• Goals and/or objectives: (i.e. to define the type of experience or other outcomes which a recreational setting should provide).

Differing definitions[edit]

First of all, the carrying capacity can be the motivation to attract tourists visit the destination. The tourism industry, especially in national parks and protected areas, is subject to the concept of carrying capacity so as to determine the scale of tourist activities which can be sustained at specific times in different places. Various scholar over the years have developed several arguments developed about the definition of carrying capacity. Middleton and Hawkins defined carrying capacity as a measure of the tolerance of a site or building which is open to tourist activities, and the limit beyond which an area may suffer from the adverse impacts of tourism (Middleton & Hawkins, 1998). Chamberlain defined it as the level of human activity which an area can accommodate without either it deteriorating, the resident community being adversely affected or the quality of visitors' experience declining (Chamberlain, 1997). Clark defined carrying capacity as a certain threshold (level) of tourism activity, beyond which there will be damage to the environment and its natural inhabitants (Clark, 1997).

The World Tourism Organisation argues that carrying capacity is the maximum number of people who may visit a tourist destination at the same time, without causing destruction of the physical, economic and socio-cultural environment and/or an unacceptable decrease in the quality of visitors' satisfaction (http://ec.europa.eu/environment/iczm/pdf/tcca_material.pdf. Date assessed 08/03/07). In the publication, ‘Agenda 21 for the Travel and Tourism Venture: towards environmentally sustainable development’, the Secretary-General of the World Tourism Organization.

As part of a planning system[edit]

The definitions of carrying capacity need to be considered as processes within a planning process for tourism development which involves:

  • Setting capacity limits for sustaining tourism activities in an area. This involves a vision about local development & decisions about managing tourism.
  • Overall measuring of tourism carrying capacity does not have to lead to a single number, like the number of visitors (http://ec.europa.eu/environment/iczm/pdf/tcca_material.pdf. Date assessed 08/03/07).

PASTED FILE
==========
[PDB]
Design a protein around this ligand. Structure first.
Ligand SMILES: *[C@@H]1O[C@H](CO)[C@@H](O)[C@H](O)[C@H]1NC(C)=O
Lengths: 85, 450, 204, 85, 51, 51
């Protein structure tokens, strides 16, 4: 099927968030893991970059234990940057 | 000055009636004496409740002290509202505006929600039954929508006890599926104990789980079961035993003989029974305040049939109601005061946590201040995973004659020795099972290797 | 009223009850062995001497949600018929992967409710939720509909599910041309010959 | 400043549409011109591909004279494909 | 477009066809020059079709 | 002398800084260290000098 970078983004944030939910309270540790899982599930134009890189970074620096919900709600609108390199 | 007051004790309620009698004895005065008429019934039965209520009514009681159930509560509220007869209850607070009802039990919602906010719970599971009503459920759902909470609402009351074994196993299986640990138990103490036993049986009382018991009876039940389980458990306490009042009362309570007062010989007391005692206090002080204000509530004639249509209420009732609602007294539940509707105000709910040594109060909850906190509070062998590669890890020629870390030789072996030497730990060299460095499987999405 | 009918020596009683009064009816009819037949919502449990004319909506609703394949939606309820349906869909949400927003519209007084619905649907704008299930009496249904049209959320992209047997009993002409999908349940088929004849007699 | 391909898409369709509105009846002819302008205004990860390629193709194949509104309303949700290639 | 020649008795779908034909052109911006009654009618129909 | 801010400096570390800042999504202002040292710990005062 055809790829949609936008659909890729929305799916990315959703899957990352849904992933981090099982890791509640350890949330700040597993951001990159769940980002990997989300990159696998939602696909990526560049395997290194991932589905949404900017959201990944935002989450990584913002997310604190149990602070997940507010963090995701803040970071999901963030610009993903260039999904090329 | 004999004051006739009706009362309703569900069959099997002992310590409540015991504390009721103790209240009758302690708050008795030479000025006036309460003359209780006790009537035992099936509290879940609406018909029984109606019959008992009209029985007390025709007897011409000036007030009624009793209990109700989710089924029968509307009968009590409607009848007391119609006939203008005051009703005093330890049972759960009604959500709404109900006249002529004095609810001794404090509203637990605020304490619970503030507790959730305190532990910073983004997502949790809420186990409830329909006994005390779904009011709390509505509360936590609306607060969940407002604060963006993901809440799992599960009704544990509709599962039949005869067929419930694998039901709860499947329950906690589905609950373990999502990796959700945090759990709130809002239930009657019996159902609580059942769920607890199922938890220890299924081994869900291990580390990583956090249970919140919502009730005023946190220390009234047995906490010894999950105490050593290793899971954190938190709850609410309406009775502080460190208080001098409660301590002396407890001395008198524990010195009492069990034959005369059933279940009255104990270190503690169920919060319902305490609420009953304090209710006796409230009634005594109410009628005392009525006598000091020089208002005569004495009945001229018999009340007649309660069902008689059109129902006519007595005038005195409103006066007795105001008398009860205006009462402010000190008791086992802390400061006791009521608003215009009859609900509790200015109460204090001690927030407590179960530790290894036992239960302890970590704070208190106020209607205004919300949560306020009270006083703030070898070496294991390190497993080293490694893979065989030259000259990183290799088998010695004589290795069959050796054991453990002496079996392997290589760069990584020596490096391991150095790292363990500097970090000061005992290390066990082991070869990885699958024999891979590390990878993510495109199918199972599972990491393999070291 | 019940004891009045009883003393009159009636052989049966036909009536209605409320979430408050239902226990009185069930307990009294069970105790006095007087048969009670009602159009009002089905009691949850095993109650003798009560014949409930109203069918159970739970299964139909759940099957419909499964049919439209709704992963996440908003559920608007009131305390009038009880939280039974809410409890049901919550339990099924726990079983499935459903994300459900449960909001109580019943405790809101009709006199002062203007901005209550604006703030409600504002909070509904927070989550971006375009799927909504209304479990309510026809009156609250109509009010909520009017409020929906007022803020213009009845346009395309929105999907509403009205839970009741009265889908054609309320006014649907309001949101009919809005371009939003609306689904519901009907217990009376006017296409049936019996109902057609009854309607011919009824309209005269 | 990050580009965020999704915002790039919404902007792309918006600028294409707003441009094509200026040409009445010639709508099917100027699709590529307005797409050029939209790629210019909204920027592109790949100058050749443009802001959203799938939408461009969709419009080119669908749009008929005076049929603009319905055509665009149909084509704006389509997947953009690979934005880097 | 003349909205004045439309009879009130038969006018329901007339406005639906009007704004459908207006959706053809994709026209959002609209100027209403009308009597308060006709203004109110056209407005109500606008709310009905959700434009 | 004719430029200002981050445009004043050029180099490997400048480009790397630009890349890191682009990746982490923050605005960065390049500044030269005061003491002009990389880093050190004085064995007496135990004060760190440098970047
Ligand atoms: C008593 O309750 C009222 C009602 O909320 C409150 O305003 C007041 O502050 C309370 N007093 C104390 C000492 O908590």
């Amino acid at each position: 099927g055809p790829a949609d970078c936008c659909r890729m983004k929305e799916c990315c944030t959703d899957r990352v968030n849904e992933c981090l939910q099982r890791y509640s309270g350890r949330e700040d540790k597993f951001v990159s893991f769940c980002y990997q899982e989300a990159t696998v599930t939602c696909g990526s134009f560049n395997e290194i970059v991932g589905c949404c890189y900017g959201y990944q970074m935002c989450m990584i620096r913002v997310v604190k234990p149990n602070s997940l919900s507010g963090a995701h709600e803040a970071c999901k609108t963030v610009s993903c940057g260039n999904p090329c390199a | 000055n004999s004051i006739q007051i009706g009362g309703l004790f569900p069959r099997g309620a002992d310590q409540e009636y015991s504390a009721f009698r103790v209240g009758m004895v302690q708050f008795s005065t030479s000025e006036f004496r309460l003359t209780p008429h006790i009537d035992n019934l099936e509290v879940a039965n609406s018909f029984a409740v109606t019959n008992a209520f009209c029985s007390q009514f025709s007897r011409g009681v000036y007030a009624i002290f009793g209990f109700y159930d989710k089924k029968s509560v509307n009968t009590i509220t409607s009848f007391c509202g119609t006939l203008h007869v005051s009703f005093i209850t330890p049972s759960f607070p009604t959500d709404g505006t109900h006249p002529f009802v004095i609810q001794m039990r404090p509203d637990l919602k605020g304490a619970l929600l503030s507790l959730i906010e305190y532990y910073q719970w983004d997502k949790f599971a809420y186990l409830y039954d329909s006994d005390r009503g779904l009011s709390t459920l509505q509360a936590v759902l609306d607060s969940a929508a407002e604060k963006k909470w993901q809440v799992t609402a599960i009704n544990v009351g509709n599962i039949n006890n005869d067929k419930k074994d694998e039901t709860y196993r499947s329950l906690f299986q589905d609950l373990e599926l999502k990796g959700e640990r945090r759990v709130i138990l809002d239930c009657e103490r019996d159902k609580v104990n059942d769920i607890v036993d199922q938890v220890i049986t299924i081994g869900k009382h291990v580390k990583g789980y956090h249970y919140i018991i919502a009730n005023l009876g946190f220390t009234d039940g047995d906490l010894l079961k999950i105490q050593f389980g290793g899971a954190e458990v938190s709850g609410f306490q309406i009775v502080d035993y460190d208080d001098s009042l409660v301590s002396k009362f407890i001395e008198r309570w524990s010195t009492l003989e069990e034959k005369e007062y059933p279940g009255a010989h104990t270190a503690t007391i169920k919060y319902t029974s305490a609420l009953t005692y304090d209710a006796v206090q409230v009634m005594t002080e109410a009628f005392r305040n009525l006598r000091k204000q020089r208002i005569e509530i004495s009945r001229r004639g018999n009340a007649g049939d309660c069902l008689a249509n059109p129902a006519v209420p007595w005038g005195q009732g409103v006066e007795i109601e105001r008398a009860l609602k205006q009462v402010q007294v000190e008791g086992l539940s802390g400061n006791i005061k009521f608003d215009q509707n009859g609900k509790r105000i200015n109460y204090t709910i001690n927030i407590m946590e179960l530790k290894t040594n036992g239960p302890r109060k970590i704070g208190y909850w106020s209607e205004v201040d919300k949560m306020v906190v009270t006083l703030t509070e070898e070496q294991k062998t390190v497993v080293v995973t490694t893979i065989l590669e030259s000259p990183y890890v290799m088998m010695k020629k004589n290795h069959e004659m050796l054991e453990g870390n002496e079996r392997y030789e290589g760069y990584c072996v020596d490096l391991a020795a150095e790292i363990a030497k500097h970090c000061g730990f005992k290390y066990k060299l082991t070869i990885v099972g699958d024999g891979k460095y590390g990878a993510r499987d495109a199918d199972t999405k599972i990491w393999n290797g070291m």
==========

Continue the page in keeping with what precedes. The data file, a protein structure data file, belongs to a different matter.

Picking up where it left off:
• In addition, carrying capacity may contain various limits in respect to the three components (physical-ecological, socio-demographic and political–economic).

“Carrying capacity is not just a scientific concept or formula of obtaining a number beyond which development should cease, but a process where the eventual limits must be considered as guidance. They should be carefully assessed and monitored, complemented with other standards, etc. Carrying capacity is not fixed. It develops with time and the growth of tourism and can be affected by management techniques and controls” (Saveriades, 2000).

The reason for considering carrying capacity as a process, rather than a means of protection of various areas is in spite of the fact that carrying capacity was once a guiding concept in recreation and tourism management literature. Because of its conceptual elusiveness, lack of management utility and inconsistent effectiveness in minimising visitors' impacts, carrying capacity has been largely re-conceptualized into management by objectives approaches, namely: the limits of acceptable change (LAC), and the visitor experience and resource protection (VERP) as the two planning and management decision-making processes based on the new understanding of carrying capacity (Lindberg and McCool, 1998). These two have been deemed more appropriate in the tourism planning processes of protected areas, especially in the United States, and have over the years been adapted and modified for use in sustainable tourism and ecotourism contexts (Wallace, 1993; McCool, 1994; Harroun and Boo, 1995).

See also[edit]

Notes[edit]

  1. ^ Jurassic Coast
  2. ^ Net Coast Archived 2007-07-07 at the Wayback Machine.
  3. ^ Mowforth, M. Munt, I. Tourism and sustainability; Development and new tourism in the third world, Routledge, London
  4. ^ Mathieson and Wall, 1982, Tourism; economic, physical and social impacts, Longman, Harlow
  5. ^ G. Shaw, A Williams, 1997, Critical issues in tourism: a geographical perspective, Blackwell
  6. ^ Mexa, A. Coccossis, H. 2004, Tourism carrying capacity assessment, Ashgate
  7. ^ Jurassic Coast.com
  8. ^ Pedersen A, Managing tourism at world heritage sites, UNESCO, Paris
  9. ^ List from Jurassic Coast
  10. ^ Jurassic Coast.com

References[edit]

  • Jurassic Coast
  • Mathieson and Wall, 1982, Tourism; economic, physical and social impacts, Longman, Harlow
  • McCool, S.F., G.H.Stankey, and R.N.Clark. 2007. An assessment of frameworks useful for public land recreation planning. Gen. Tech. Report GTR-705. Pacific Northwest Research Station, Portland, OR. 125 p.
  • Mexa, A. & Coccossis, H. 2004, Tourism carrying capacity assessment, Ashgate
  • Mowforth, M. Munt, I. Tourism and sustainability; Development and new tourism in the third world, Routledge, London
  • Net Coast
  • Pedersen A, Managing tourism at world heritage sites, UNESCO, Paris
  • Shaw, G. & Williams, A.; 1997, Critical issues in tourism: a geographical perspective, Blackwell